So We Should Only Criticize the Dems?

All this whining about Ted Cruz is getting on my nerves.  They’re upset that he’s criticizing Republican leaders like Mitch McConnell, instead of rallying to the Republican establishment banner in all the primaries, the better, they seem to think, to take over the Senate after the November elections.  “Fight Obama, not the Republican leadership.”


So their argument is that hard-fought primaries might produce more conservative candidates in November, and this would be a bad thing.  It’s going to be hard to convince Cruz, since he’s only in the Senate because he challenged the establishment candidate in the Republican primary in Texas a couple of years ago.  And won the primary.  And then won the general election bigtime.

Mind you, I’m not in favor of supporting deranged candidates.  I shudder at the thought of repeats of some of the latest conservative nominees.  But I’m not at all convinced that tough primaries are bad for the Republican Party, or indeed for the country.  Quite the contrary.  I’m all for it.  The country’s in a terrible jam and we need outstanding leaders, men of strong will and conviction, who won’t catch Potomac fever, who won’t go along to win the next election.  I don’t think the Republican Party is well led.  Who does?  I think McConnell and Boehner have run away from too many important fights.  If they had been up to their challenges, we’d know a lot more about the use of the IRS as a Democrat political weapon, we’d have a clear timeline for Obama’s actions on Benghazi day and night, we’d know exactly what this administration agreed to with the Iranians, and we’d stop raising the debt limit, cutting state profligacy instead.  I’d love to see them replaced, and I don’t see any chance of that happening unless they have to pay a price for their lousy leadership.  Like losing.


Don’t we believe in accountability?  If you want to tell me that Cruz’s targets are better than their challengers, I’m all ears.  But to say he’s wrong to go after them for their actions and lack of action, I’m not impressed.  He’s right.

We need a very vigorous debate, and no one should be given a free pass.  If a sitting senator or representative has failed to fight the expansion of state power and the policy of global appeasement, I want to hear why.  Tough Republican primaries will help define the issues in the November election.  That sort of debate will produce criticism of Obama, and perhaps lead to the election of those who may provide the will and the vision to start undoing at least some of the damage his presidency has done to us.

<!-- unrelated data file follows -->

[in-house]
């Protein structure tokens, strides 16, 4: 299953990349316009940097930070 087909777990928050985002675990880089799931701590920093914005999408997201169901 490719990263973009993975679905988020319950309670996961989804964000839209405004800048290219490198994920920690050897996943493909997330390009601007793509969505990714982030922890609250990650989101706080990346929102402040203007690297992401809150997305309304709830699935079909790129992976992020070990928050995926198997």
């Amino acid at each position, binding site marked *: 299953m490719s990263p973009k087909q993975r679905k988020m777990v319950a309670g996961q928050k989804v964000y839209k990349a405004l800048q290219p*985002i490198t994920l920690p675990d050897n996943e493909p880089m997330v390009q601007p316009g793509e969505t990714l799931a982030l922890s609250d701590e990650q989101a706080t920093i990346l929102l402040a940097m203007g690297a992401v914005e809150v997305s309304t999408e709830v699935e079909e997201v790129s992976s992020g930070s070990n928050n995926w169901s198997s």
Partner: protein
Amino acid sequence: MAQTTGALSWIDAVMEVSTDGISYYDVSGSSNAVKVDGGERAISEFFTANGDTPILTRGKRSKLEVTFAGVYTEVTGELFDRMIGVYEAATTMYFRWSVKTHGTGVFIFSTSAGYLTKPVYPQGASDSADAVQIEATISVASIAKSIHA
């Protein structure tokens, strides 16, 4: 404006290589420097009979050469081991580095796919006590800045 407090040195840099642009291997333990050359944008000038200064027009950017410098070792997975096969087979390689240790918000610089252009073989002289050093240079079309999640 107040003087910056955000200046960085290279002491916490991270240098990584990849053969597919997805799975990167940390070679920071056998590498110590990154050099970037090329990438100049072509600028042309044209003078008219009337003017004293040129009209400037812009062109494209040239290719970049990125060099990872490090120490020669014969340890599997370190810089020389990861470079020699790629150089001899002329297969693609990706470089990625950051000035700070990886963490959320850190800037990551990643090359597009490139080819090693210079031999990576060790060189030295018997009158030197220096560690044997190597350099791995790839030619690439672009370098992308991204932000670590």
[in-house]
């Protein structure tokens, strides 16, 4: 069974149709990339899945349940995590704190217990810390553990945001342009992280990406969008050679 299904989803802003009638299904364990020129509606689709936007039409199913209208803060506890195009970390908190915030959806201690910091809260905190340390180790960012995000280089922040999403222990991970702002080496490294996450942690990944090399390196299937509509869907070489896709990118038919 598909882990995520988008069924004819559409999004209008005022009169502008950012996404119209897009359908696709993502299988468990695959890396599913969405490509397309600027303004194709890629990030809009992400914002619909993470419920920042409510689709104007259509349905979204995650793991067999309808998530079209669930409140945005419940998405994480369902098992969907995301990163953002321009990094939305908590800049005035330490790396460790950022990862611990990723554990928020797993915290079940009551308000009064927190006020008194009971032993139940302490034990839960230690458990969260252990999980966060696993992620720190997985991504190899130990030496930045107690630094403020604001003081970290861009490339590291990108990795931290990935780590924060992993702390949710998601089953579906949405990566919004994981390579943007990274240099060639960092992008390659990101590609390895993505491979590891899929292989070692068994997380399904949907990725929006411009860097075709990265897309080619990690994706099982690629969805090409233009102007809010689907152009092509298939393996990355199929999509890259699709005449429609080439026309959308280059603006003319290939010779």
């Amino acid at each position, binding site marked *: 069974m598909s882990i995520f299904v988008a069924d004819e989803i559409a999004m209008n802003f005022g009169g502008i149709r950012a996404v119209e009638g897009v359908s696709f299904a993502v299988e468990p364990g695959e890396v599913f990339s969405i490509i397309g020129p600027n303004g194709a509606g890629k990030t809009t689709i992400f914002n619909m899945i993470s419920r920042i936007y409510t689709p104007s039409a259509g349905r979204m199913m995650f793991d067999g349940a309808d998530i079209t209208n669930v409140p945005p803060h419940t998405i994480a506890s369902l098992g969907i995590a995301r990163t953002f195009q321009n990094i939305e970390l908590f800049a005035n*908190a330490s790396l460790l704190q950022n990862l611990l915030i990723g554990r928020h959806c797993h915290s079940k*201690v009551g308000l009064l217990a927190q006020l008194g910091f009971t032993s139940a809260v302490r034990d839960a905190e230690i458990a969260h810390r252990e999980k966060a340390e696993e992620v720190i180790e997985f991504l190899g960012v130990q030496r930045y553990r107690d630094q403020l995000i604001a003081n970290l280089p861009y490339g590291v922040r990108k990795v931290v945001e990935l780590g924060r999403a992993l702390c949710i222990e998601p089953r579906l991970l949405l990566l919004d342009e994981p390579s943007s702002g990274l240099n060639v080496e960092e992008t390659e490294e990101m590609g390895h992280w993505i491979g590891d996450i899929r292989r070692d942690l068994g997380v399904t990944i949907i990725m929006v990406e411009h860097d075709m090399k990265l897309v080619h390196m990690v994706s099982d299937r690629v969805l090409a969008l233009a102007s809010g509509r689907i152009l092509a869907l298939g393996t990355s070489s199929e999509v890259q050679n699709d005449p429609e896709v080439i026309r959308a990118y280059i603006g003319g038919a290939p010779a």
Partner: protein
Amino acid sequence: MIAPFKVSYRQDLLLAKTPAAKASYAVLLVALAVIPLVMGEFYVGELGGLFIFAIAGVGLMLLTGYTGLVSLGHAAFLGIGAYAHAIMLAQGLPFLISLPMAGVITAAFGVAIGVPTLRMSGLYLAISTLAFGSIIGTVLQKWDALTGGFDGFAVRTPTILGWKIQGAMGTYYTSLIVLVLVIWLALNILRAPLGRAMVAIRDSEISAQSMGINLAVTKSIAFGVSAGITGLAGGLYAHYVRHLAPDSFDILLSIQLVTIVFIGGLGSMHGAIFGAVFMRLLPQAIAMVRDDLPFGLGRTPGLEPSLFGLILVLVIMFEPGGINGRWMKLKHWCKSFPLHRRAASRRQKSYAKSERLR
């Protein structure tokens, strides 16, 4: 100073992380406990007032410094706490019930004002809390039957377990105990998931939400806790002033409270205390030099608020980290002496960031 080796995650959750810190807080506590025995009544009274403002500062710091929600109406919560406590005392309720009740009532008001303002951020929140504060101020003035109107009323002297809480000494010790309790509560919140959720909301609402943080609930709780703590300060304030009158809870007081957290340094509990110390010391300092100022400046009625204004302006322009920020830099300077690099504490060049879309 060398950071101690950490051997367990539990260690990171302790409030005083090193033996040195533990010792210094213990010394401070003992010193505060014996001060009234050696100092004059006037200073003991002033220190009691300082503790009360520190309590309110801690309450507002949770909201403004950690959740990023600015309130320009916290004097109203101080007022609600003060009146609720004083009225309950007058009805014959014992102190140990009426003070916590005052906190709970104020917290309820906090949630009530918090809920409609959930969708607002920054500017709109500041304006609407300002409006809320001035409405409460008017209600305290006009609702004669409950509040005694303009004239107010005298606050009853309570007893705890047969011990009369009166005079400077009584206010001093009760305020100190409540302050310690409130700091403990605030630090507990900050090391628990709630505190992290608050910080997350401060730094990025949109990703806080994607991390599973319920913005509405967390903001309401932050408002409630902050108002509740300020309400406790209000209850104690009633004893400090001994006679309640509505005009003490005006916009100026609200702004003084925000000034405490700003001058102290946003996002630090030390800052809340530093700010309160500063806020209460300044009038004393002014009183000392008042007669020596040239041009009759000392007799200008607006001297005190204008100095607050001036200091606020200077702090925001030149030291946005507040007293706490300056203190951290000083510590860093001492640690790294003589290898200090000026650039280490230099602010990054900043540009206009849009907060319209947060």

So it’s misleading to accuse Cruz of ignoring Obama and only going after Republicans.  He’s going after Republicans who have failed to fight Obama.

When I read some of the attacks on Cruz, I wonder if at least some of the anger is the result of his tenacity.  I remember being told, when he was in the midst of his filibuster against Obamacare, that it was going to be damaging to the country and deadly to himself.  He would lose, and that would pretty much end his role as a potential party or national leader.


He’s still standing, and he was proven right to go all out to try to stop Obamacare.

I quite agree with Jeffrey Lord when he says:

Simply put, Ted Cruz — like Ronald Reagan before him — understands what it takes to make a majority. And he’s doing it. Over the vociferous objections of the same kind of people who kept warning Republicans that if they listened to Ronald Reagan they would get clobbered. Which is exactly why Ted Cruz is being greeted as a hero.

I think he’s right to call attention to the shortcomings of his party’s leaders.  Would you rather shut him up and then hear the criticism from Bill and Hillary?



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